Southern Plains Blog--Are you Ready to Adapt to the Extreme Weather that Climate Change is Exacerbating?Thu, 08 Oct 2020 05:41:33 CDT
In the latest isssue of the Southern Plains Perspective Blog Post, Clay Pope writes about adapting your plan to climate Change. He writes:
The climate is changing whether we like it or not. All the telltale signs are there–rainfall patterns are changing; “flash droughts” are becoming more common; extended droughts are becoming longer and hotter; when the rain does come, it has a tendency to come in more violent “extreme” events; our temperatures are becoming more variable (up and down, hot and cold); milder winters and slight overall temperature increases are leading to additional pest and parasite pressure—and on and on and on.
The question is, what do you do about it? Even if we were able to wave a magic wand today and completely eliminate excess greenhouse gas emissions, we still have to realize that some of these extreme weather events are here to stay. To many “switches have been flipped” so to speak to put the genie back into the bottle. That’s not to say that we shouldn’t try and mitigate climate change—we should—that said, we are still going to have come up with a plan to deal with extreme weather events on our farming and ranching operations.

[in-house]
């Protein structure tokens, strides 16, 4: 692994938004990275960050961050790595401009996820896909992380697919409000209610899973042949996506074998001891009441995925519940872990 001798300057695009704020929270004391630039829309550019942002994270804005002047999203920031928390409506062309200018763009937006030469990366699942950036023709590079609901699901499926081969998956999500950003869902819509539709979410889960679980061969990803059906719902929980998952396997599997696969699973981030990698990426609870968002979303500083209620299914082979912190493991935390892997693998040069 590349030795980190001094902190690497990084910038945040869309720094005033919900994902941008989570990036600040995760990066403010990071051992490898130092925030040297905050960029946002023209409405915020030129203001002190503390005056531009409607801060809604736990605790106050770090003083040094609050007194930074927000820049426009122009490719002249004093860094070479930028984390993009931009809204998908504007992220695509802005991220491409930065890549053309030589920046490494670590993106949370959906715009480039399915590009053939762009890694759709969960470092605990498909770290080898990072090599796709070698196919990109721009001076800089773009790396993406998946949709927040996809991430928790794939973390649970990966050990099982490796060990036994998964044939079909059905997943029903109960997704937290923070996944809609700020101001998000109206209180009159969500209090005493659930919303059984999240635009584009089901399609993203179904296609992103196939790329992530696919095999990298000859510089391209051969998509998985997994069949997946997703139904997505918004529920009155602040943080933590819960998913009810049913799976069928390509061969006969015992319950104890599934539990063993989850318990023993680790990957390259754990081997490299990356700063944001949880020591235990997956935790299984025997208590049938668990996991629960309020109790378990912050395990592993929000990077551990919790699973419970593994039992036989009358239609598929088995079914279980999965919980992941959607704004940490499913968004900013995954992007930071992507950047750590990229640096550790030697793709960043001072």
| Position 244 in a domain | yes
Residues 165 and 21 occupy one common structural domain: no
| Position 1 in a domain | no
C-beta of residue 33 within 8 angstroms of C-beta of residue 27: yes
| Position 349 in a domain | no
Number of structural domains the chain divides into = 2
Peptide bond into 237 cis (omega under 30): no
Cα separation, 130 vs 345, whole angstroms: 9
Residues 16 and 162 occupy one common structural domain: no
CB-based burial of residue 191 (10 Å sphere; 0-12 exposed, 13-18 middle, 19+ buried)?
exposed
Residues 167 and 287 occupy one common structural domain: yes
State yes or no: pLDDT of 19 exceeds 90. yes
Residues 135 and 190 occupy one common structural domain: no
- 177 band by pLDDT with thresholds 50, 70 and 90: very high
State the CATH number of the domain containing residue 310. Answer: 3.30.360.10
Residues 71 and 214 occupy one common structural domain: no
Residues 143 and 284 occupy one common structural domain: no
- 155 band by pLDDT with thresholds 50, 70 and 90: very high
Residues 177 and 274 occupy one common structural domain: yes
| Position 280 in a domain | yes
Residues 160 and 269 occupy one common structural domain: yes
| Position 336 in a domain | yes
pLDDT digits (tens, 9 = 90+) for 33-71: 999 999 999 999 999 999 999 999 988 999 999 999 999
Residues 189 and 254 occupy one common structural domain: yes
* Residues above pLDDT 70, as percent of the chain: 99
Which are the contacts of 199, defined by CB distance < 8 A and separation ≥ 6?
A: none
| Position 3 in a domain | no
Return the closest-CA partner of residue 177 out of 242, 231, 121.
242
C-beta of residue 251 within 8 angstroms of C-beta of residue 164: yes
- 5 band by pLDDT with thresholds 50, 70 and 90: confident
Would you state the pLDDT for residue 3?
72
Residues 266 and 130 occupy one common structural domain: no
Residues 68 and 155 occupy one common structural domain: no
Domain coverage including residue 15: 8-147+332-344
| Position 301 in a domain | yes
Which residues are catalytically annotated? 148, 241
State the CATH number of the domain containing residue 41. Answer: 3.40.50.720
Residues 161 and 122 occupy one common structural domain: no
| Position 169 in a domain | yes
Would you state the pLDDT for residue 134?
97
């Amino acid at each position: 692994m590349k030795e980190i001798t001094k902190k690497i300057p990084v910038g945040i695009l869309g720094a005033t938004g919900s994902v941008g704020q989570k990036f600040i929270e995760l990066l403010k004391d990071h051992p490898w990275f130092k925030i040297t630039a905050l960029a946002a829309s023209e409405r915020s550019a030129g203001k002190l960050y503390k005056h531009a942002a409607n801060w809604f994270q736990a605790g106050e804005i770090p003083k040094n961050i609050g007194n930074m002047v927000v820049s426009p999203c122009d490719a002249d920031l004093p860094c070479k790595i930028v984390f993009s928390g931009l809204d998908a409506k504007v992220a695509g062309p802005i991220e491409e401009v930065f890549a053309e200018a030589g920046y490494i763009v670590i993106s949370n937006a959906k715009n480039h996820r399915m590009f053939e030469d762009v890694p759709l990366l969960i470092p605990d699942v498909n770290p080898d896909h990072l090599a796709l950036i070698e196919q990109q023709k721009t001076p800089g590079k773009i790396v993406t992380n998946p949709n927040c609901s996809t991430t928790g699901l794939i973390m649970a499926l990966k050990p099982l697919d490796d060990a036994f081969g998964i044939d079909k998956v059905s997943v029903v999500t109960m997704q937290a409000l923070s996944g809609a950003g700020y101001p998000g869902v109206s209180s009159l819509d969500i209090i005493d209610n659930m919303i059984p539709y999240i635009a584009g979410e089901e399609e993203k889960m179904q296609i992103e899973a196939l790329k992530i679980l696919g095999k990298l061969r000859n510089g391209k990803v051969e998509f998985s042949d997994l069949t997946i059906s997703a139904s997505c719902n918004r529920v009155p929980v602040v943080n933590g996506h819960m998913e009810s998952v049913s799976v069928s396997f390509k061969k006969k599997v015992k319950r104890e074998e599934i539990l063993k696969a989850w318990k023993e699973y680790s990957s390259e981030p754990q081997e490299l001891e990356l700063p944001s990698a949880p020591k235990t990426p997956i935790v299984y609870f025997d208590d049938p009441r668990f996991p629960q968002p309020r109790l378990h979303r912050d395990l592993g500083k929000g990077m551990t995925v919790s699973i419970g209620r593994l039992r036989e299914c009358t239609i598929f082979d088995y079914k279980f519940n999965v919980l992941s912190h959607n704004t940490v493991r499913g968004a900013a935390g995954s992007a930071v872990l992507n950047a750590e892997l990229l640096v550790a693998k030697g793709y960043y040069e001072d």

The good news is that help is available.
In an effort to help farmers and ranchers come up with a long-term climate change/extreme weather adaptation plan, the USDA Northeast regional Climate Hub, the USDA Climate Hub network, NRCS and others have put together a Climate Adaption Workbook designed to help producers consider potential impacts of the changing climate on their operation and develop adaptive management actions for addressing these challenges.
Designed with worksheets to guide producers through a five-step process to answer key questions for making climate-informed decisions and putting their adaptation plans into action, the workbook encourages producers to summarize their answers to each key question into a report for incorporating climate adaptation considerations into their farm’s overall long range and annual operating plans.
The workbook is extensive (it’s 72 pages in all) and can take several hours to go through, but it will lead you through a process that helps you develop a plan based on where you are with your operation now and how you can plan for future challenges that are coming your way due to climate change. It helps put a plan together with your long-term goals in mind and helps you develop a way to monitor what the effects of the plan are and how you can be better prepared to meet these goals.
If you would to check it out, you can find more information at https://www.climatehubs.usda.gov/hubs/northeast/tools/adaptation-workbook:
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